California hotels are turning rooms into office space, classrooms

Noble Horvath

Facing a prolonged collapse of travel, hotels across California accustomed to putting up vacationers and hosting corporate clients are now instead serving office-less office workers, remote-learning students and locals looking to escape their homes for a day. California hotels are turning rooms into office space, classrooms San Francisco’s Hotel Zetta […]

Facing a prolonged collapse of travel, hotels across California accustomed to putting up vacationers and hosting corporate clients are now instead serving office-less office workers, remote-learning students and locals looking to escape their homes for a day.

Guest rooms that might rent for nearly $1,000 during Dreamforce conference week in San Francisco are being converted to remote-work pods available between 9 a.m. and 5 p.m. Hotel ballrooms and conference centers, short on wedding parties and corporate conventions, are undergoing redesigns to cater to cohorts of socially distanced students.

“A lot of our hotels are seeing a rise in this trend of people wanting to get away from their small apartments,” said Jenn Iliff, marketing technology manager for the California Association of Boutique & Breakfast Inns, which counts about 200 members. “It’s become a new normal for hotels to provide these types of services.”

On a recent day, the 25-room Seven Gables Inn in Pacific Grove counted four guests renting rooms for office space.

“One was getting out of the Sacramento heat. One wanted a different view than their kitchen wall,” Iliff said.

Such developments come during a year of mounting losses for hotels across the state, more than 1,000 of which have had to close for all or part of the past five months, according to Visit California, the state’s tourism bureau. While hotel occupancy typically hovers around 85% during an average year, this year it has tanked, with some hotels reporting 15% occupancy so far. In San Francisco, for example, occupancy tumbled more than 42% between June 27 and Sept. 12 compared with last year, according to Visit California.

Lodging providers from Mendocino to San Diego and east to Yosemite (when the park is open) are throwing anything they can at the problem.

Wine Country hotels are folding wine tastings and remote work perks (like free Wi-Fi and enhanced food and beverage service) into stay packages. Lodging providers in the Sierra are incorporating guided hikes.

In San Francisco, which has not allowed office towers to reopen and where large employers like Salesforce, Google and Facebook have extended work-from-home policies through late summer 2021, some hotels are spinning guest rooms into work pods.

The chic 116-room Hotel Zetta, in downtown San Francisco, began offering a series of what it calls “Zen” rooms, with amenities to help computer jockeys relax during work breaks. One style of room, geared toward gamers, includes a Nintendo Switch; another comes with a Peloton bike and meditation headset.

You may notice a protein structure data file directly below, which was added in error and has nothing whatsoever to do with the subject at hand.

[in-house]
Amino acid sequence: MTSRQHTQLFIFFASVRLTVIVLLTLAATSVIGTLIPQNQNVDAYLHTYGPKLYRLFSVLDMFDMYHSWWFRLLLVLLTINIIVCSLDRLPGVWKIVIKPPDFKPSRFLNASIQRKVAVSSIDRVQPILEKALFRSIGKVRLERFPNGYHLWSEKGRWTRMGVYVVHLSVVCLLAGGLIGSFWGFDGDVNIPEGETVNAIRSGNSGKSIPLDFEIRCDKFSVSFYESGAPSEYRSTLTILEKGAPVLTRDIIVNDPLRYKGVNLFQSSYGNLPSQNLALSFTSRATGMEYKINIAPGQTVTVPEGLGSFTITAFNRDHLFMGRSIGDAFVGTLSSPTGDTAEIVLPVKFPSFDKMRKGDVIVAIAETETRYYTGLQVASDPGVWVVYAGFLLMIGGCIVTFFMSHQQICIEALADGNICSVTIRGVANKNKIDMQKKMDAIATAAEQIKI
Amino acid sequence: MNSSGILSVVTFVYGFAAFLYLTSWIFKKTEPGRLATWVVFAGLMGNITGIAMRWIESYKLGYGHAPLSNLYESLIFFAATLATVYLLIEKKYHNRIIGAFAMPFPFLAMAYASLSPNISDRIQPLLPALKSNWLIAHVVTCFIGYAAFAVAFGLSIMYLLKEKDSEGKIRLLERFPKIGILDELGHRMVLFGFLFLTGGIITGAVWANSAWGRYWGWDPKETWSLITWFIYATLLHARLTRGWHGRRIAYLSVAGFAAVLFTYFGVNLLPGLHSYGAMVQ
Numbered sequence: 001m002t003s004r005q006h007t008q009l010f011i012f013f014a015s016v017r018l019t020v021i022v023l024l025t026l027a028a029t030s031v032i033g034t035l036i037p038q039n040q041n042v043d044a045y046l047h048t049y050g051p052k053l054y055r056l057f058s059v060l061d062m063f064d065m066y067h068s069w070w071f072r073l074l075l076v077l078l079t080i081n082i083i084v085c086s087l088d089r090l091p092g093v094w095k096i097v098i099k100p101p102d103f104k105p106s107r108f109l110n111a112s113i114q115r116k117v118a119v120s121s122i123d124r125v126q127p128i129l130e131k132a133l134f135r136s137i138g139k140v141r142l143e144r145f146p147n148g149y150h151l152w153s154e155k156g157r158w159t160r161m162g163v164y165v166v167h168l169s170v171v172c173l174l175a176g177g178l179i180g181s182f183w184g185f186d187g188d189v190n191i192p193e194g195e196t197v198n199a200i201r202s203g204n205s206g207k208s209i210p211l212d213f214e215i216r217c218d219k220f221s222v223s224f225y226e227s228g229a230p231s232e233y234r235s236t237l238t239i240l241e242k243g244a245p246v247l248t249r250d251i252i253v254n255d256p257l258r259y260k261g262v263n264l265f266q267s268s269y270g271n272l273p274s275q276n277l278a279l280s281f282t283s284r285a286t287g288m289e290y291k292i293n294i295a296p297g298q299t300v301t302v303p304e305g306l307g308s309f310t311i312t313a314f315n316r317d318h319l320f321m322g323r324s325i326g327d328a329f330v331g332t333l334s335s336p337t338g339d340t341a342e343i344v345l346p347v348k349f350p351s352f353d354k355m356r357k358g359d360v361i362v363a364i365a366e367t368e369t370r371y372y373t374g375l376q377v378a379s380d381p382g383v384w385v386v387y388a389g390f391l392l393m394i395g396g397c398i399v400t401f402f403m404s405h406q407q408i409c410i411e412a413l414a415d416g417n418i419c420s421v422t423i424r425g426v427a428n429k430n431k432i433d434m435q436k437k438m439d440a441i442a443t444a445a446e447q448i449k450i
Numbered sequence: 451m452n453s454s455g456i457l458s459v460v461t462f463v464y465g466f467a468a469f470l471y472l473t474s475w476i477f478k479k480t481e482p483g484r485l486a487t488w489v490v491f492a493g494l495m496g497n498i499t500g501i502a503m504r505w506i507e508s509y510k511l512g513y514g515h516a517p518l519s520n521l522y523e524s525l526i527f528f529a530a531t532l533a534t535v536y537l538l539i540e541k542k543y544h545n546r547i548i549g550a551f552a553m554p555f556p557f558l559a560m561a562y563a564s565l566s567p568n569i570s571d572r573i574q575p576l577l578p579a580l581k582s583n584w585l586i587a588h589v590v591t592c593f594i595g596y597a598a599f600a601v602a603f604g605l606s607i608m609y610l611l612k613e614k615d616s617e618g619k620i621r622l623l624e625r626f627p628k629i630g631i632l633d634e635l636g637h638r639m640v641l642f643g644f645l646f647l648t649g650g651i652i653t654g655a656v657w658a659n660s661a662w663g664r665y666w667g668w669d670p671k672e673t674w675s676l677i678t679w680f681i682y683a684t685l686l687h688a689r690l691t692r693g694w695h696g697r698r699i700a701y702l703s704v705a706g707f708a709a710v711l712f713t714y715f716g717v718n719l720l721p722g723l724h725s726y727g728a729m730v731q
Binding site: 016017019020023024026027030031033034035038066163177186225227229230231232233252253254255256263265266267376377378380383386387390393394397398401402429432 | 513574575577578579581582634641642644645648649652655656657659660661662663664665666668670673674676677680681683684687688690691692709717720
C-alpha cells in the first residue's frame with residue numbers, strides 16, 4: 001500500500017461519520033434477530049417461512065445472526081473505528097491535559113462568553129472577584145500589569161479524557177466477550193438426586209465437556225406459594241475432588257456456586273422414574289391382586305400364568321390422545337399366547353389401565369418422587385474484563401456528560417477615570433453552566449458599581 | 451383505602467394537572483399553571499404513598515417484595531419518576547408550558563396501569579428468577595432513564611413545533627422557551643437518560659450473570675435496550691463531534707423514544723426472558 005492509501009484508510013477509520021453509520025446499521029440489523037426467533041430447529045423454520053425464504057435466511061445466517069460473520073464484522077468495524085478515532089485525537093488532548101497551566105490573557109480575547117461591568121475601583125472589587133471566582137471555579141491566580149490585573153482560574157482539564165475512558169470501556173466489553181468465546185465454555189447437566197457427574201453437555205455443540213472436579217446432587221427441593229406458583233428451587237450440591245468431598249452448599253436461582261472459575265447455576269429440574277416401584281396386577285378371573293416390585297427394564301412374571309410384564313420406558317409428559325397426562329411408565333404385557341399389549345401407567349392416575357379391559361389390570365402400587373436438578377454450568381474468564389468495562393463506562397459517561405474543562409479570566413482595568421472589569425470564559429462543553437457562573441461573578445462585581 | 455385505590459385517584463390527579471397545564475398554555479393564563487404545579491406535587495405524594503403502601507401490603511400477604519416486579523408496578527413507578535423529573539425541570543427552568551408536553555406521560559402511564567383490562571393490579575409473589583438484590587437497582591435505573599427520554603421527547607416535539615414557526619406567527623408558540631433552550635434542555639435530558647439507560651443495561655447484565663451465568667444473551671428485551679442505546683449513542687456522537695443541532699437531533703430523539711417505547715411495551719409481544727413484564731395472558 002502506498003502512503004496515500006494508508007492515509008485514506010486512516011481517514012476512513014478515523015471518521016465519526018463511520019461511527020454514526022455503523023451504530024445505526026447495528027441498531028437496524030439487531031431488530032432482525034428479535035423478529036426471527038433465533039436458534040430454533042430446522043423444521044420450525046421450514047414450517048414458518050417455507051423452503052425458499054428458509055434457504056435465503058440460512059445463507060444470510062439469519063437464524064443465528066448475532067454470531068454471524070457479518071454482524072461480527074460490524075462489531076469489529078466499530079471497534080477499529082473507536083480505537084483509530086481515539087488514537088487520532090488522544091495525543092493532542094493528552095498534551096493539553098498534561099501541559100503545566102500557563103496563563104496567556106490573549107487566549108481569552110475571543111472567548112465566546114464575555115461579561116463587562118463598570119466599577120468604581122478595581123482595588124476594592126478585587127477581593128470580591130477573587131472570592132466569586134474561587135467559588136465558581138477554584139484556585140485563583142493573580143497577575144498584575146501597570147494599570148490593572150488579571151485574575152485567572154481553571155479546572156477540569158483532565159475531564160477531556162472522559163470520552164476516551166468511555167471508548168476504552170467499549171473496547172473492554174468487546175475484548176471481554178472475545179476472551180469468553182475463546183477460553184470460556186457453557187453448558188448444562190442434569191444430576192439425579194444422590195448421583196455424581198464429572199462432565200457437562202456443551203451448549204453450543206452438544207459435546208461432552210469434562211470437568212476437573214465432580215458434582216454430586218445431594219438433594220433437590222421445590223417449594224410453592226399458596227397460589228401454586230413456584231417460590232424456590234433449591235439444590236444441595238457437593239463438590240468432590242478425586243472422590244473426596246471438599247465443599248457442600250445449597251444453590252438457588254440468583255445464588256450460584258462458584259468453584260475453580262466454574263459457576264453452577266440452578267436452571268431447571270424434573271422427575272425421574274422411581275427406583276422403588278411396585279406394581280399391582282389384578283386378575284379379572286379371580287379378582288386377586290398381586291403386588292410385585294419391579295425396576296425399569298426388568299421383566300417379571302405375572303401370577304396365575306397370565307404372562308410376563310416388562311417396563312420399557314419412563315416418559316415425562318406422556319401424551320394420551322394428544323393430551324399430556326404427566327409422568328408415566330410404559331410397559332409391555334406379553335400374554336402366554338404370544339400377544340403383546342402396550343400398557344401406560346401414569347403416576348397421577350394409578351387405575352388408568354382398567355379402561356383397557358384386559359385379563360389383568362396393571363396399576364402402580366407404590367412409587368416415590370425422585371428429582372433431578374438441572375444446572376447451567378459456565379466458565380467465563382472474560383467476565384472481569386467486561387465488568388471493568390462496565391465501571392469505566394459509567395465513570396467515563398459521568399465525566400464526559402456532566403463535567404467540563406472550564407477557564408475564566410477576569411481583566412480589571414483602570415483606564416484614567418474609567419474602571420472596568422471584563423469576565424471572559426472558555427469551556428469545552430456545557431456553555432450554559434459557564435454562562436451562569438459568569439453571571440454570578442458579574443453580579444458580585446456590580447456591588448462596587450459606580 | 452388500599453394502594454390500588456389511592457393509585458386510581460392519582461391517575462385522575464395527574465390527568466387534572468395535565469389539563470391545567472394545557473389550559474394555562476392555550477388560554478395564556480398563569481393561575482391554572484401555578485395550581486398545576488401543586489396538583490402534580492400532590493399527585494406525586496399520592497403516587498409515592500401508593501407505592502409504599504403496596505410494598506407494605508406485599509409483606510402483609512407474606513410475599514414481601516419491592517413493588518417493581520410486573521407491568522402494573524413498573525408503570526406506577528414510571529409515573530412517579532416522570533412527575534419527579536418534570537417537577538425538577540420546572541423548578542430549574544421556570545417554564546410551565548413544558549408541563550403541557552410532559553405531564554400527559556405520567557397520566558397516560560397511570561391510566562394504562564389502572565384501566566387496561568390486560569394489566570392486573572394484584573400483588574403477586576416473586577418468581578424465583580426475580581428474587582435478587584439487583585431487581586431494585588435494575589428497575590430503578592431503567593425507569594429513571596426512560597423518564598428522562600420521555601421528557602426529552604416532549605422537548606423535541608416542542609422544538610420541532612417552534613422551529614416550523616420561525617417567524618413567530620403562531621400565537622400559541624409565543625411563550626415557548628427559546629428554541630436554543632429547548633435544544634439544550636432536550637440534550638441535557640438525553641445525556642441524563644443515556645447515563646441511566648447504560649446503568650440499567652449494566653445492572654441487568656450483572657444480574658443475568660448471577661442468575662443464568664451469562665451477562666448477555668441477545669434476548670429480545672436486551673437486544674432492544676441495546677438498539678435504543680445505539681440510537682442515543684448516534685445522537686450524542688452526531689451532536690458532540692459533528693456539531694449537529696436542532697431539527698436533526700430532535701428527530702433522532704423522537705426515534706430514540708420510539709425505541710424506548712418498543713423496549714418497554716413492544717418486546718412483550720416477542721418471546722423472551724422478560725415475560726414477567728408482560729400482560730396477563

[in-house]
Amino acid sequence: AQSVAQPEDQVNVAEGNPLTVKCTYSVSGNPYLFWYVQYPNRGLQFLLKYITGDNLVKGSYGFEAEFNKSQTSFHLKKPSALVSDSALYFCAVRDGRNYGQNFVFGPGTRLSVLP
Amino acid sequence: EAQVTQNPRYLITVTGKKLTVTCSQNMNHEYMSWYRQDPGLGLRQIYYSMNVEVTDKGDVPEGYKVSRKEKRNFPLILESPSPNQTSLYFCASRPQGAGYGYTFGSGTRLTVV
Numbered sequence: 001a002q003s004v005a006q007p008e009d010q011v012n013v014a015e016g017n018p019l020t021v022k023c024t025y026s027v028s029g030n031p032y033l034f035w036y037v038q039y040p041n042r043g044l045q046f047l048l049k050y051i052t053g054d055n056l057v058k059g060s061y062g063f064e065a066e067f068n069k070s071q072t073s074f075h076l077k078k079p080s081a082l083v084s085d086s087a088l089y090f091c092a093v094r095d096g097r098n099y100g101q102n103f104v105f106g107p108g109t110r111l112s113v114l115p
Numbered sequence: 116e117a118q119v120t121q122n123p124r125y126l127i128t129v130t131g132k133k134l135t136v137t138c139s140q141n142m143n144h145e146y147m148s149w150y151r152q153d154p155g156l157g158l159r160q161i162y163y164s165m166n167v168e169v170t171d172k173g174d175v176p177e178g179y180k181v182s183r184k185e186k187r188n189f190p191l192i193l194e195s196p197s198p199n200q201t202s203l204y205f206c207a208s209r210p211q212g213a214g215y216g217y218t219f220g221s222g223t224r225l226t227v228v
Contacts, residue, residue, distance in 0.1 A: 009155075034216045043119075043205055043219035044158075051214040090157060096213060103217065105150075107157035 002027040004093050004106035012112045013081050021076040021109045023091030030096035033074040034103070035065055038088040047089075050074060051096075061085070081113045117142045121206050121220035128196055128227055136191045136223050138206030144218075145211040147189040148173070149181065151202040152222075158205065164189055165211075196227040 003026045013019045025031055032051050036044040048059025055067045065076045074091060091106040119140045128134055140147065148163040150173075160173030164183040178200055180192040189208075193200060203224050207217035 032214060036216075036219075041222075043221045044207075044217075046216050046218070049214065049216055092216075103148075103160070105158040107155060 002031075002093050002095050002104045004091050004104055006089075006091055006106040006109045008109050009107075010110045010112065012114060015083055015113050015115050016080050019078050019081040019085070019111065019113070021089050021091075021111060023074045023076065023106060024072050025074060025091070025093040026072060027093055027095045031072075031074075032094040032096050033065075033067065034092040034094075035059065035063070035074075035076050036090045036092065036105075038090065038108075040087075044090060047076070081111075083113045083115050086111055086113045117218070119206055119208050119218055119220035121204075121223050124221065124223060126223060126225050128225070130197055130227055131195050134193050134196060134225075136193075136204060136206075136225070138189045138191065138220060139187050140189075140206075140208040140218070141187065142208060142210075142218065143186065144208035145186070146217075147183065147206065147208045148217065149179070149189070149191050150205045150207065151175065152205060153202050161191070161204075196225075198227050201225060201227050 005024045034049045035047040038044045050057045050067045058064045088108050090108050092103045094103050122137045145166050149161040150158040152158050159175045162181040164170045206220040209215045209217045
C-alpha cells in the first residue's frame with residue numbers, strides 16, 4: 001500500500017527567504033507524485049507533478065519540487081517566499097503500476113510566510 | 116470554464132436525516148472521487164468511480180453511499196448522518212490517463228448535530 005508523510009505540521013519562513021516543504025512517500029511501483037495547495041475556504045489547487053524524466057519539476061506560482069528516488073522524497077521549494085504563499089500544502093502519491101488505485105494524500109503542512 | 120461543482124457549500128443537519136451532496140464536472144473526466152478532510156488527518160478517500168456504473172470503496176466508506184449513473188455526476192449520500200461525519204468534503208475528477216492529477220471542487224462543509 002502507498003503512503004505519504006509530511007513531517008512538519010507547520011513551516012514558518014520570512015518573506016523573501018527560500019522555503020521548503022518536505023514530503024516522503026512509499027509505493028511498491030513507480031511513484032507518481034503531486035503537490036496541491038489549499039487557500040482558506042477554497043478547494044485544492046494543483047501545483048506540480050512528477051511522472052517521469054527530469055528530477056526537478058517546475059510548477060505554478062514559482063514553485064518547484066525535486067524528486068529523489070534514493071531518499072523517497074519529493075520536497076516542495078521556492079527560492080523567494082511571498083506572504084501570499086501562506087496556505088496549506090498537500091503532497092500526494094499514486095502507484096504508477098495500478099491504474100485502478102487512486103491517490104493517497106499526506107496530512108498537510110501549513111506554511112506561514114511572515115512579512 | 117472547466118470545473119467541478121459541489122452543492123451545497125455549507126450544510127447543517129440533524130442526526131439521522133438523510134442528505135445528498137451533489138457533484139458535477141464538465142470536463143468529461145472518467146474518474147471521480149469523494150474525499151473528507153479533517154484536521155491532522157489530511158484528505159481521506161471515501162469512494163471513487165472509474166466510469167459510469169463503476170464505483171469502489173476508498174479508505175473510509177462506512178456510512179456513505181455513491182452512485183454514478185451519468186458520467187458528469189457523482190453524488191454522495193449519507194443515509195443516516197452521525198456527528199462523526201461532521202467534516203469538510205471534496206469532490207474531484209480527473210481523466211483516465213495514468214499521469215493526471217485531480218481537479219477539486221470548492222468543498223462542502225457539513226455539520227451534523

“The entire city has gone through historic lows in occupancy over the last few months,” said Aaron Feeney, area director of sales and marketing for Viceroy Hotel Group, which operates Hotel Zetta. “We’re just thinking of new, creative ways to utilize our spaces while travel is down.”

With schools closed throughout the state, some hotels are stepping in to fill a void of remote learning spaces. The InterContinental in downtown San Francisco, for instance, has turned its ballroom into a makeshift socially distanced classroom available for weekly rental. A special at Little River Inn, near Mendocino, rolls a guided naturalist tour and stargazing supplies into an offer for parents tasked with homeschooling their young children.

“Some hotels and retreats and Airbnbs are rethinking their formulas,” said Cally Dym, owner of Little River Inn. “But some people are hoping everything goes back to the way it was. I’m not waiting for that.”

It’s been a grueling six months for hoteliers.

Apart from contending with travelers either scared off by the coronavirus pandemic or held back by shelter-in-place restrictions, hotels are facing an array of new health-related rules and standards. Touchless check-ins, plexiglass-partitioned concierge desks, single-person elevator rides and new guidelines on room cleanliness have complicated daily operations.

In San Francisco, hotel groups are suing the city over a law passed in July mandating daily, intensive room cleanings — the strictest regulation of its kind in the country — claiming the new rules are saddling the beleaguered industry with an unfair cost burden.

More broadly across the state, in places suffering the brunt of the recent spate of wildfires, hotels are offering steeply discounted rates to survivors and victims who may have lost their homes and possessions as well as to firefighters and first responders. In a dark twist of irony, the wildfires have provided a much-needed boost to those hotels.

Even when the coronavirus pandemic subsides and the travel industry bounces back, some hotels may continue offering a more diverse menu of stay options.

“There will continue to be workspace interest and needs in the future,” said Feeney of the Viceroy Hotel Group. “I don’t see hotels going completely away from this.”

Gregory Thomas is The Chronicle’s editor of lifestyle & outdoors. Email: [email protected] Twitter: @GregRThomas

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